Friday, August 18, 2017

Dota 2 Chocolate Pretzel Wards

"A form of half-sentient plant, often cultivated by apprentice wizards."
- Dota 2 flavor text


Dota 2 observer wards and sentry wards made from chocolate, pretzels and candy-coated chocolate M&Ms. Cute cupcake toppers, or great alone for a videogame-themed snack.

Full disclosure, this is my third attempt at making something that looks like observers and sentries. For the fifth Dota 2 The International (TI5) tournament, I made yellow and blue cake pops, with little eye balls. They were pretty cute, but - confession - I discovered I don't actually like cake pops. I found them a little too sweet, especially since my Dota 2 spread already included a bunch of sweets that I thought tasted better and more closely resembled the in-game item, like the lotus orb apple pastries and the aghanim's scepter madeleines

For the sixth The International (TI6) I tried to go healthier. I candy-coated apples in yellow and blue. Again, the aesthetic was sort of eyeball-on-a-stick, which isn't all that accurate for most ward cosmetics. The apples probably had better nutritional content, but I found it difficult to get a sufficiently bright candy coating, so I think they looked more like eyeballs-on-an-apple than proper wards. 

This year, I decided to throw out the USDA's nutrition guidelines. I wanted to mimic the default ward cosmetics with multiple little yellow or blue eyeballs on a single twisty sort of branch. I didn't want them to be too finicky since I had a few other time-consuming Dota 2 food projects to work on, so I came up with these chocolate and pretzel wards. M&Ms are about the right size and color, taking out a lot of the work from my previous attempts. Also, as far as I can tell from streaming Sumail and Arteezy, Eminems are very appropriate for Dota 2.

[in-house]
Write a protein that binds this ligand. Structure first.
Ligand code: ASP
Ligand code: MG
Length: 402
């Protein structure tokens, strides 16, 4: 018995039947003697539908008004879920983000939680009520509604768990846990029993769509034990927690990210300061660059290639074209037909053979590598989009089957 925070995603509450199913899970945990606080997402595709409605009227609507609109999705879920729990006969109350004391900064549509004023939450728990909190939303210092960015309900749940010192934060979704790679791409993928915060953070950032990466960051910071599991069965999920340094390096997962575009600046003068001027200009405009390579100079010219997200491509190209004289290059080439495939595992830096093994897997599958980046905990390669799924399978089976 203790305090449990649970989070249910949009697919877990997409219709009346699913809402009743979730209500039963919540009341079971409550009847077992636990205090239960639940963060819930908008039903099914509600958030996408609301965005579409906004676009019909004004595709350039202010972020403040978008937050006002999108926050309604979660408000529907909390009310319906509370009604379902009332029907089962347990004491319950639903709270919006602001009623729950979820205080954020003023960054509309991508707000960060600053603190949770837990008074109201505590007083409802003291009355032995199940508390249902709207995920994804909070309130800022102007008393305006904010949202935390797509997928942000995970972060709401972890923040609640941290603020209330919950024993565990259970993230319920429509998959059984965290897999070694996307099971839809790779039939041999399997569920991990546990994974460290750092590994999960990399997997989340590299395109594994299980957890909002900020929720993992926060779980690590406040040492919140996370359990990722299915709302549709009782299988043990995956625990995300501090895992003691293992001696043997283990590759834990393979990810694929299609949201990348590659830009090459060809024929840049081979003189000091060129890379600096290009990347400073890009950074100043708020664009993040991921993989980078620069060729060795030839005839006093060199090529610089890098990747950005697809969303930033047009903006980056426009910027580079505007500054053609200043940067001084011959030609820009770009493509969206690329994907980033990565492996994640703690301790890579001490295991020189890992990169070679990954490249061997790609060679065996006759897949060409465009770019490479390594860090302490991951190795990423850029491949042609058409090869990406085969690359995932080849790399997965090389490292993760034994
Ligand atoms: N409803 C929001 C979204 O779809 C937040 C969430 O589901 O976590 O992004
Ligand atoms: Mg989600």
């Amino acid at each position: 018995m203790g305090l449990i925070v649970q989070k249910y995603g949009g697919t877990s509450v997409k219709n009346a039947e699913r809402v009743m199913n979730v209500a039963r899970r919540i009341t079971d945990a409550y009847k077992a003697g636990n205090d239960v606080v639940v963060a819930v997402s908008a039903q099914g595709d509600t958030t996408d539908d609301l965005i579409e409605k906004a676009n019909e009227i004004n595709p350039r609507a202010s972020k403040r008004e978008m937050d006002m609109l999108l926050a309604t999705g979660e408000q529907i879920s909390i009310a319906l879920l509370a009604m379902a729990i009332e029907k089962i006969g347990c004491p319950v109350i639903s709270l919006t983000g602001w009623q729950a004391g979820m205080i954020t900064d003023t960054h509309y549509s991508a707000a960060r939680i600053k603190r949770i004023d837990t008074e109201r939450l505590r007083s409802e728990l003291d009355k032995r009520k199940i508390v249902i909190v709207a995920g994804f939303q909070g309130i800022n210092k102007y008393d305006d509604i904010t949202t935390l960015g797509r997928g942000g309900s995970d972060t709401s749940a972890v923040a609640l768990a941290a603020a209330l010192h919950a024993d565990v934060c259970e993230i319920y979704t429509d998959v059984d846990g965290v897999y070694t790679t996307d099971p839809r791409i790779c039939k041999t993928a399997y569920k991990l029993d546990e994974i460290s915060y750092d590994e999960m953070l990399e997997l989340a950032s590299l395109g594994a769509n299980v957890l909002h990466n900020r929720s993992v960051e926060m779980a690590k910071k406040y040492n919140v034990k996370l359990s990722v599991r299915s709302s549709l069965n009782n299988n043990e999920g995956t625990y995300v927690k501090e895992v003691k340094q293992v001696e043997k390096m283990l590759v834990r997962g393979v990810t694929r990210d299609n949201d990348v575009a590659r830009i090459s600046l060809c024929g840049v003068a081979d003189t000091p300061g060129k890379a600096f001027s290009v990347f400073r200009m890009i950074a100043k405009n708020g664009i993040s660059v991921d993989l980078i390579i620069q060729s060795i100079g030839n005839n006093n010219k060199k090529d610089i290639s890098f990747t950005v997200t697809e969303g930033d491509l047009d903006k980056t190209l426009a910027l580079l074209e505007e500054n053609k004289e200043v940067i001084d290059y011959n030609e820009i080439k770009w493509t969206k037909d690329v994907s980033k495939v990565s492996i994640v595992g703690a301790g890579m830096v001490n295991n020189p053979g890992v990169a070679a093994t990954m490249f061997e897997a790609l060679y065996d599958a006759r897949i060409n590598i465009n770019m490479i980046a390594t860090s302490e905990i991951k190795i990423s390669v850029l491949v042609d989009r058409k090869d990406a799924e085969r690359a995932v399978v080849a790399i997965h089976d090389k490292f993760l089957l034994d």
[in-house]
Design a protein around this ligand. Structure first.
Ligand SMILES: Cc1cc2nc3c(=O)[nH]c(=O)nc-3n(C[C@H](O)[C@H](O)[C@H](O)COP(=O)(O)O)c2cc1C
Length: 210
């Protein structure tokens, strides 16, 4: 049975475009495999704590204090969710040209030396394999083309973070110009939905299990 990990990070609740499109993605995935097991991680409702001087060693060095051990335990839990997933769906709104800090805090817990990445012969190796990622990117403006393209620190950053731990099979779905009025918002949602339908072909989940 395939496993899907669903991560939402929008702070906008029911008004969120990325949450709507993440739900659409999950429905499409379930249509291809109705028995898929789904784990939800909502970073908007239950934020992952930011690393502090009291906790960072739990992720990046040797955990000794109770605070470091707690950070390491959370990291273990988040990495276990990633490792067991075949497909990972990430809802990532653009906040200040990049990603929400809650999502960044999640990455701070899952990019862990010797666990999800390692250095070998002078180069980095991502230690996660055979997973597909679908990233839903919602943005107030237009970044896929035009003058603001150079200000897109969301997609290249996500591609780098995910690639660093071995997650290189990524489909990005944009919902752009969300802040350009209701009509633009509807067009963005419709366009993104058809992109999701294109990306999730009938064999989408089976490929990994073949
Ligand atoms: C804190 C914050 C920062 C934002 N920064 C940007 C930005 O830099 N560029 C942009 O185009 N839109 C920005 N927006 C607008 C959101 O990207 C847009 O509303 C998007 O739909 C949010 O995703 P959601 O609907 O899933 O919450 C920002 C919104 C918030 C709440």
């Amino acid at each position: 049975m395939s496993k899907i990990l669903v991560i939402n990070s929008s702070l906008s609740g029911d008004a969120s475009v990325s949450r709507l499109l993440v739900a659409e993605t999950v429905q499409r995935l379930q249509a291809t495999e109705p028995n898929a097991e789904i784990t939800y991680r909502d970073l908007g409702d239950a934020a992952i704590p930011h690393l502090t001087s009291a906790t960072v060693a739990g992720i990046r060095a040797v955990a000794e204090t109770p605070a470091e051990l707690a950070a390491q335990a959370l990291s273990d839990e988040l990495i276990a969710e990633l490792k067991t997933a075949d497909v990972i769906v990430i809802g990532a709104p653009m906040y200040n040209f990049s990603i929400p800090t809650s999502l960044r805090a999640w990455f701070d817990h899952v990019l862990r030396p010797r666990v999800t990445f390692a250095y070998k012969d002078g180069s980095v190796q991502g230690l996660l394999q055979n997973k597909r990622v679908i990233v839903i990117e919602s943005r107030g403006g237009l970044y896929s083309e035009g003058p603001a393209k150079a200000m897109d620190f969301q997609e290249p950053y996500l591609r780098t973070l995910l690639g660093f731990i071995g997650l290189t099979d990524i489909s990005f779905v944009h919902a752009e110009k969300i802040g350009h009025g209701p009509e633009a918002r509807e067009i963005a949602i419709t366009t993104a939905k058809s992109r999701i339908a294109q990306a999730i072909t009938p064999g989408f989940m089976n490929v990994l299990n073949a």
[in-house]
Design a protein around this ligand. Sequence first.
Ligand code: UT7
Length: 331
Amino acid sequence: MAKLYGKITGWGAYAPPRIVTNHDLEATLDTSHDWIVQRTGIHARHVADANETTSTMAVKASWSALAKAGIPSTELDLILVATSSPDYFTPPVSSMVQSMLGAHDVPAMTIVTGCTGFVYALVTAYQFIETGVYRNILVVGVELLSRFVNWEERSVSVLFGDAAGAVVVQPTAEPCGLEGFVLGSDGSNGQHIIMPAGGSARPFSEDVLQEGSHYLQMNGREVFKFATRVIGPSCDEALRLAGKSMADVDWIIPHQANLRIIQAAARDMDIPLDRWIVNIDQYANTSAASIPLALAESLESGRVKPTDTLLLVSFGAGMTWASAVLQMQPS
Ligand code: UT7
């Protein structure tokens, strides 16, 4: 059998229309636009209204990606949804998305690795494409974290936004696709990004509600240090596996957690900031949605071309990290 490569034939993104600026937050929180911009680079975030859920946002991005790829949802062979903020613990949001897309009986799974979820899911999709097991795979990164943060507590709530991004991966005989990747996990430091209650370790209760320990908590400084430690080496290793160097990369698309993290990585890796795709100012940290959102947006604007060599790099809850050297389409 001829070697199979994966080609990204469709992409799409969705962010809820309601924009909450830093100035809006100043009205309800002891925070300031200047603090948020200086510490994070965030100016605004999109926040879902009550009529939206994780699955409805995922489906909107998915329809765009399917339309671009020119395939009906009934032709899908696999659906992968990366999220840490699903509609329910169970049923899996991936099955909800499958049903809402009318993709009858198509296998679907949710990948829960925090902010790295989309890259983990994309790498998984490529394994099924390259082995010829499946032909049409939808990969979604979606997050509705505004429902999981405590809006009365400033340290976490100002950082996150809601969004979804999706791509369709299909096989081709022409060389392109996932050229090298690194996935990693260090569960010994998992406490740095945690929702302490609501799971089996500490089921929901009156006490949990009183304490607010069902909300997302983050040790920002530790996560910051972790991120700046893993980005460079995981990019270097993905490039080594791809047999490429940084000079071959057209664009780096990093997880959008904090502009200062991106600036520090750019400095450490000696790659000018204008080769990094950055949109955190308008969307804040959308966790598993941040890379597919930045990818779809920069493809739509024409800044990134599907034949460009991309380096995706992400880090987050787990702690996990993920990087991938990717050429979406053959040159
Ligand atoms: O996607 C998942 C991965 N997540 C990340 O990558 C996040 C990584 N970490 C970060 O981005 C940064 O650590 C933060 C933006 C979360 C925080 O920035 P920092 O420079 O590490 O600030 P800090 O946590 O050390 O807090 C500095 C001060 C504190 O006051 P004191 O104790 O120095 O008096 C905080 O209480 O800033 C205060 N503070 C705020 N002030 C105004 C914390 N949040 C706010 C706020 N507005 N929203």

I'm really pleased with how these turned out. They are super quick to put together and look quite recognizable! To really get the wizened wood effect, I probably should have used milk chocolate instead, but I think dark chocolate is so much tastier! 


Ingredients


Tuesday, August 15, 2017

Dota 2 Lotus Orb Apple Pastries

"The jewel at its center still reflects a pale image of its creator."
- Flavor text from Dota 2 item descriptions

Dota 2 Lotus Orbs made from apples and puff pastry, topped with a cherry! Situational item, core for a Dota 2 party.

This imagining of an edible lotus orb is actually my second attempt. Last year I made "Lotus Root Orbs," which were little spheres made out of lotus roots. They were finicky, and not particularly tasty, but I thought the name was pretty funny (and I love creating pun-based foods).